Nursing Depression Sample Research Paper

Describe the HPI and clinical impression for the client. Chose any depressed client scenario
Recommend psychopharmacologic treatments and describe specific and therapeutic endpoints for your psychopharmacologic agent. (This should relate to HPI and clinical impression.)
Recommend psychotherapy choices (individual, family, and group) and specific therapeutic endpoints for your choices.
Identify medical management needs, including primary care needs, specific to this client.
Identify community support resources (housing, socioeconomic needs, etc.) and community agencies that are available to assist the client.
Recommend a plan for follow-up intensity and frequency and collaboration with other providers Nursing Depression Sample Research Paper.
Each question should be a paragraph

Depression is a mood disorder that is common but serious. It can be either a clinical depression or a major depressive disorder. The disease has severe symptoms that interfere with how a person think, feel and handle daily activities like working, eating or sleeping (Sherbourne et al, 2017). For a diagnosis of depression to be made, the symptoms must have persisted for at least two weeks. The paper will provide a depressed client scenario and a pharmacological therapy of choice. Additionally, it will offer psychotherapy choices, medical management needs, community support resources and a follow-up plan Nursing Depression Sample Research Paper.


The scenario in place comprises a 21 years old patient who was diagnosed with depression in the year 2016. He was using Citalopram but he felt “flat” and stopped taking it. In the same year, he saw a therapist who treated anxiety and gave weekly counselling without medication. To take a break, the patient moved away from the counselling centre to live with his aunt where he stopped seeing a counsellor and taking medication. Currently, the patient is experiencing loss of enjoyment and interest in daily activities. At the same time, he has persistent sadness, hopeless moods, anxiety, irritability and nervousness. He sleeps well although he has experienced decreased energy and overtiredness in the past. In the past, he has experienced significant weight loss and over the past year, he has lost almost 20 pounds. The patient, however, denies difficulty in making decisions, remembering or concentrating. He also denies suicidal thoughts currently though he states the thoughts has crossed his mind in the past. He denies taking any medicine currently but insists that his homework cause anxiety sometimes.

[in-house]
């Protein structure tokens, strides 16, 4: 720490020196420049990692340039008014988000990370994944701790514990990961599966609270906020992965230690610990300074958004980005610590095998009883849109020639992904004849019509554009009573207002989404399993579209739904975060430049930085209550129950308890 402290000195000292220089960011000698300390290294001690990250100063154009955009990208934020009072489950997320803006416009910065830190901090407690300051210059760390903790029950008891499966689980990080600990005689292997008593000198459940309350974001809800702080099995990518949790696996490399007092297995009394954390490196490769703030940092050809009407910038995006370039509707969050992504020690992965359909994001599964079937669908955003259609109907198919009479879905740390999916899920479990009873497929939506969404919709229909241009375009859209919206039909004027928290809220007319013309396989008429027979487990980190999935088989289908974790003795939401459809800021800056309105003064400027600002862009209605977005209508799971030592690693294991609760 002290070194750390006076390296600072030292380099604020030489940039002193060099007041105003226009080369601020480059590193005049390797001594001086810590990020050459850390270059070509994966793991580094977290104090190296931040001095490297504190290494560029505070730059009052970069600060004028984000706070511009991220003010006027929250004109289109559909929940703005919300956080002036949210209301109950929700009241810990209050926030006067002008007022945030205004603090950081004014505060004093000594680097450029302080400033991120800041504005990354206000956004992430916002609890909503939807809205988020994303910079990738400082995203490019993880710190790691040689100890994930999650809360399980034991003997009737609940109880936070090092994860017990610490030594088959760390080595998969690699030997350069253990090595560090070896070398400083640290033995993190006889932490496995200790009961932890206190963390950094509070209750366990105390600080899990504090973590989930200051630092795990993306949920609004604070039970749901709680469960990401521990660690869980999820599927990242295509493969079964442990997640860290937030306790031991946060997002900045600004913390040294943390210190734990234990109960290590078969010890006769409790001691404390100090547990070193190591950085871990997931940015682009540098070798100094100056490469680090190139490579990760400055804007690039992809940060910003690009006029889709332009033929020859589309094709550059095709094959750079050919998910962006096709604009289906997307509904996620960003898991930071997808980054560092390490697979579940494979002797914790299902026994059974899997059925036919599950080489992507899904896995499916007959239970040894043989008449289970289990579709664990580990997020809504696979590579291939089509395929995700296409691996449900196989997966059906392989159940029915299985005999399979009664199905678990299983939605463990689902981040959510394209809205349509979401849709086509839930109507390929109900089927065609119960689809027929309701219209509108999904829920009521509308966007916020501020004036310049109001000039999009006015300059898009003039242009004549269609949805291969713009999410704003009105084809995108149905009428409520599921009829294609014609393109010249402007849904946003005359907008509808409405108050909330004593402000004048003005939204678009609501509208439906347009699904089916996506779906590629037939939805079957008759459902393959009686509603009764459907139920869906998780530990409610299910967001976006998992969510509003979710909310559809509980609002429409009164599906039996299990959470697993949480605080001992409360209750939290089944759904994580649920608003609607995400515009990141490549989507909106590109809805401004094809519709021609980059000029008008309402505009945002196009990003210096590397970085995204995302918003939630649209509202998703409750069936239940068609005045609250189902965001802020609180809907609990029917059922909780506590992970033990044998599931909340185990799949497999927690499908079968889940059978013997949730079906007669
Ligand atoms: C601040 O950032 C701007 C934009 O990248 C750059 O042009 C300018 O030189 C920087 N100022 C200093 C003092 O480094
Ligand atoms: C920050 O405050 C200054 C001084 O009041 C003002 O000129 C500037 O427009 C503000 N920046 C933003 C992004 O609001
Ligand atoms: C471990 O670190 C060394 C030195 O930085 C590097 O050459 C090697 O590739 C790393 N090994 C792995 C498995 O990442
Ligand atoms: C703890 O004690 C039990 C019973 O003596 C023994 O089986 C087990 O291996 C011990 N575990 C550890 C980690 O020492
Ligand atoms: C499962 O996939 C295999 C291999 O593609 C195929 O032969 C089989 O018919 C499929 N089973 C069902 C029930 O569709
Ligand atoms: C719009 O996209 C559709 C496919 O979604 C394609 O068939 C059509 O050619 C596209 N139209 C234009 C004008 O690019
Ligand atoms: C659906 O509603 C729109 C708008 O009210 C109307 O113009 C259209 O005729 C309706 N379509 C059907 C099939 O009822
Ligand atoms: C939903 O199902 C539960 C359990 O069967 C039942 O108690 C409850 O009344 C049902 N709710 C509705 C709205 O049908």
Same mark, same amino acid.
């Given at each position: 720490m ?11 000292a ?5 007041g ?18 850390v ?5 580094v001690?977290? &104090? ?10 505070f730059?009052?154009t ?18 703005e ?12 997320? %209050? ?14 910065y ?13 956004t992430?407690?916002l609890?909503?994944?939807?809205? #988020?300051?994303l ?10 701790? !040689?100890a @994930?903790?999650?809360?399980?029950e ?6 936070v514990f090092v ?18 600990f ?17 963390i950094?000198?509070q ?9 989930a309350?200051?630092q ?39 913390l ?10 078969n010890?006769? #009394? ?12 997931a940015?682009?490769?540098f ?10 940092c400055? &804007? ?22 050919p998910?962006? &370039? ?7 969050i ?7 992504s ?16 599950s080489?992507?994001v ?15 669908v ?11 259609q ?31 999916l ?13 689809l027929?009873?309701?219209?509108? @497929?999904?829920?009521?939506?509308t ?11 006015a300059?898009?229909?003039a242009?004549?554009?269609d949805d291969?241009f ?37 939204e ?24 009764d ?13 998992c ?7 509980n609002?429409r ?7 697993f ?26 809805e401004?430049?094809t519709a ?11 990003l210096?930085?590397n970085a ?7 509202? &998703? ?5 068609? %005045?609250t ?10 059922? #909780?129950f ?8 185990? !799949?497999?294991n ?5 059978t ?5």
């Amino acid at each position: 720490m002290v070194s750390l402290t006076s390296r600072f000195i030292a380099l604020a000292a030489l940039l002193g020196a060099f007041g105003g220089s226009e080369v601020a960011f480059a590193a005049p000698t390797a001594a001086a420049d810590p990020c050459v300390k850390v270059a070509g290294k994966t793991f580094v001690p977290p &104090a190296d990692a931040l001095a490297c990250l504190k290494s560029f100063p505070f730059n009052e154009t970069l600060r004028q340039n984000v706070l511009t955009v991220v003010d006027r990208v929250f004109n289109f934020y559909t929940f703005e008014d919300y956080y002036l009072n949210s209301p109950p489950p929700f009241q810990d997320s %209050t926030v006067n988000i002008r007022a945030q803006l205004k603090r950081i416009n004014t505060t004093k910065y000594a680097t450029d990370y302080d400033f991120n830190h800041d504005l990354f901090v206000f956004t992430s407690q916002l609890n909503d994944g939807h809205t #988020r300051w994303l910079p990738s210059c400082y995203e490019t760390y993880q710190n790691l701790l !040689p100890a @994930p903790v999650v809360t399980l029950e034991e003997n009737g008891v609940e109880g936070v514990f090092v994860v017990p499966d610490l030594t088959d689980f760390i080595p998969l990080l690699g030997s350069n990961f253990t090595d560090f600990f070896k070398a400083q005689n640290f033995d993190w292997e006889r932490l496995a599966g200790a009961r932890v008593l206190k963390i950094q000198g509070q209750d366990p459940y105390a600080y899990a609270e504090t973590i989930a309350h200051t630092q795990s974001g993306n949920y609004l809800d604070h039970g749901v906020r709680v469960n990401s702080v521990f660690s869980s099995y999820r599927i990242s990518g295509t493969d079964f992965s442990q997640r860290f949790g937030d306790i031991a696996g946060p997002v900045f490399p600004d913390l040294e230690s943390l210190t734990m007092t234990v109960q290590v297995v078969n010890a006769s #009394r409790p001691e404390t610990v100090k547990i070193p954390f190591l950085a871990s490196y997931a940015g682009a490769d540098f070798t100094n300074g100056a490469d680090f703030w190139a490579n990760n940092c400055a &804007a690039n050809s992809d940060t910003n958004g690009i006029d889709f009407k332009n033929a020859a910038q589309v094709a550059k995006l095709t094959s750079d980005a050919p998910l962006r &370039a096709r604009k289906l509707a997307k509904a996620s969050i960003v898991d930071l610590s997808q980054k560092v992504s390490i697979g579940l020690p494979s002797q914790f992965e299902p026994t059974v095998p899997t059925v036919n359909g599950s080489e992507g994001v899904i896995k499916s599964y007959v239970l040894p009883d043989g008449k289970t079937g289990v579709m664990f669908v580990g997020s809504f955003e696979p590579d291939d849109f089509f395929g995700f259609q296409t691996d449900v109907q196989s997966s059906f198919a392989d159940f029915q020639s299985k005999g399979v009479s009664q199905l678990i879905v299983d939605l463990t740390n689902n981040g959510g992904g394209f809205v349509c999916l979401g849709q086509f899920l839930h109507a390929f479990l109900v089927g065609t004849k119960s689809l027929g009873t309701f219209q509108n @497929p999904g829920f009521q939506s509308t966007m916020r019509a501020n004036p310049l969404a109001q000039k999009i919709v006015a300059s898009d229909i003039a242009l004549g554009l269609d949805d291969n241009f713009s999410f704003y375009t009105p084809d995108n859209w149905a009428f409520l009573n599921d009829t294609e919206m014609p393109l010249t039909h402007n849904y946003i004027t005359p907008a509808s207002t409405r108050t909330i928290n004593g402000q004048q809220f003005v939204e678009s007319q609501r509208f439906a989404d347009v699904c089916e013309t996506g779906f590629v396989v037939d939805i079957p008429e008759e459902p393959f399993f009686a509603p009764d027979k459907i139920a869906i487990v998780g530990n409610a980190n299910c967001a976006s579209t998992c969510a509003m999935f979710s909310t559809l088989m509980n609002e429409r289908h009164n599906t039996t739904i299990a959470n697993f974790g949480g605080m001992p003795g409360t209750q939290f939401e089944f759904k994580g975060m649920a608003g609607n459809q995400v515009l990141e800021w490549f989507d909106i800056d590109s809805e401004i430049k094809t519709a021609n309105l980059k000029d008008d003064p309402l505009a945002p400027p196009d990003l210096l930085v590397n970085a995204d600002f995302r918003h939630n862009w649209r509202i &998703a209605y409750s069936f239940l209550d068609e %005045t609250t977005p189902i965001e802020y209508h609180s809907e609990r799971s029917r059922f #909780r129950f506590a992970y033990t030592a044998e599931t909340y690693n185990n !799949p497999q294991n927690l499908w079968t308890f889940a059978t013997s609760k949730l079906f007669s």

To manage depressed clients, one can use selective serotonin reuptake inhibitors, atypical antidepressants, tricyclic antidepressants, serotonin/norepinephrine reuptake inhibitors, serotonin-dopamine activity modulators, St. John’s wort and monoamine oxidase inhibitors (Combs et al, 2014). For the scenario above, the best one to use is the SSRIs. These drugs happen to be lipophilic and by reducing the gastric motility they are able to control gastric emptying. The mode of action is through correction and modulation of neurotransmitters responsible for the change in thoughts, behaviour and mood. The general rules of using the drugs are beginning with half of the smallest dose in relation to size and age of the patient (Combs et al, 2014). For the case provided, the patient can be started with 25mg of Zoloft daily orally. The low dose is essential to test if the patient can withstand the side effects and at the same time maintain the drug therapeutic goals. Second decision entails an increase of the dosage to 50mg daily. The reason for the increase is to meet therapeutic expectations not met by the low dosage initially and still withstand the side effects. Lastly, the dosage should be maintained since the side effects are not visible and depression symptoms can be controlled, however, if the patient can withstand side effects of high dosage drugs, an increase is applicable for maximum efficiency (Combs et al, 2014).